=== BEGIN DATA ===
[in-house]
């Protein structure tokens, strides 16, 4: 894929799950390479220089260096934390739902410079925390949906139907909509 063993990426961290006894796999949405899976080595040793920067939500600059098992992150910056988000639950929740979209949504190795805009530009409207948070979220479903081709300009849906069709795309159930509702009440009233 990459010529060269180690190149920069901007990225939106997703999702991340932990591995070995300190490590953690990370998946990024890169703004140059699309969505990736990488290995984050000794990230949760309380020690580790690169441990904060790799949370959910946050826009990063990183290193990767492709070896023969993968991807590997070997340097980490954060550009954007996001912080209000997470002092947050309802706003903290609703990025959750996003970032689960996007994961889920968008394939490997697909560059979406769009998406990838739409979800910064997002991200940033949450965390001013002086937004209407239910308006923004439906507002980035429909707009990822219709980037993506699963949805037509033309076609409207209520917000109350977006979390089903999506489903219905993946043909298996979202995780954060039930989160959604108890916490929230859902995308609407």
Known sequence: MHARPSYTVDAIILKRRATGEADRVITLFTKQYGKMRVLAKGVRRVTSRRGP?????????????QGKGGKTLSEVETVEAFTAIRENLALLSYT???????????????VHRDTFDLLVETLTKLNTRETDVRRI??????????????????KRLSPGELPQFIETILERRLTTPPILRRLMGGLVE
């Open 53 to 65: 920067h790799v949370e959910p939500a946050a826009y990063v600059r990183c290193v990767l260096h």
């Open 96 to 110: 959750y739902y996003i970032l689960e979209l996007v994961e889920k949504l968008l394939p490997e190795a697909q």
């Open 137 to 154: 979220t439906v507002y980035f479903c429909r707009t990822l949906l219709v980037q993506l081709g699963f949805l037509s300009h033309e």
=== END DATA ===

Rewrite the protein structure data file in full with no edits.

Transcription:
[in-house]
């Protein structure tokens, strides 16, 4: 894929799950390479220089260096934390739902410079925390949906139907909509 063993990426961290006894796999949405899976080595040793920067939500600059098992992150910056988000639950929740979209949504190795805009530009409207948070979220479903081709300009849906069709795309159930509702009440009233 990459010529060269180690190149920069901007990225939106997703999702991340932990591995070995300190490590953690990370998946990024890169703004140059699309969505990736990488290995984050000794990230949760309380020690580790690169441990904060790799949370959910946050826009990063990183290193990767492709070896023969993968991807590997070997340097980490954060550009954007996001912080209000997470002092947050309802706003903290609703990025959750996003970032689960996007994961889920968008394939490997697909560059979406769009998406990838739409979800910064997002991200940033949450965390001013002086937004209407239910308006923004439906507002980035429909707009990822219709980037993506699963949805037509033309076609409207209520917000109350977006979390089903999506489903219905993946043909298996979202995780954060039930989160959604108890916490929230859902995308609407």
Known sequence: MHARPSYTVDAIILKRRATGEADRVITLFTKQYGKMRVLAKGVRRVTSRRGP?????????????QGKGGKTLSEVETVEAFTAIRENLALLSYT???????????????VHRDTFDLLVETLTKLNTRETDVRRI??????????????????KRLSPGELPQFIETILERRLTTPPILRRLMGGLVE
């Open 53 to 65: 920067h790799v949370e959910p939500a946050a826009y990063v600059r990183c290193v990767l260096h």
């Open 96 to 110: 959750y739902y996003i970032l689960e979209l996007v994961e889920k949504l968008l394939p490997e190795a697909q």
């Open 137 to 154: 979220t439906v507002y980035f479903c429909r707009t990822l949906l219709v980037q993506l081709g699963f949805l037509s300009h033309e």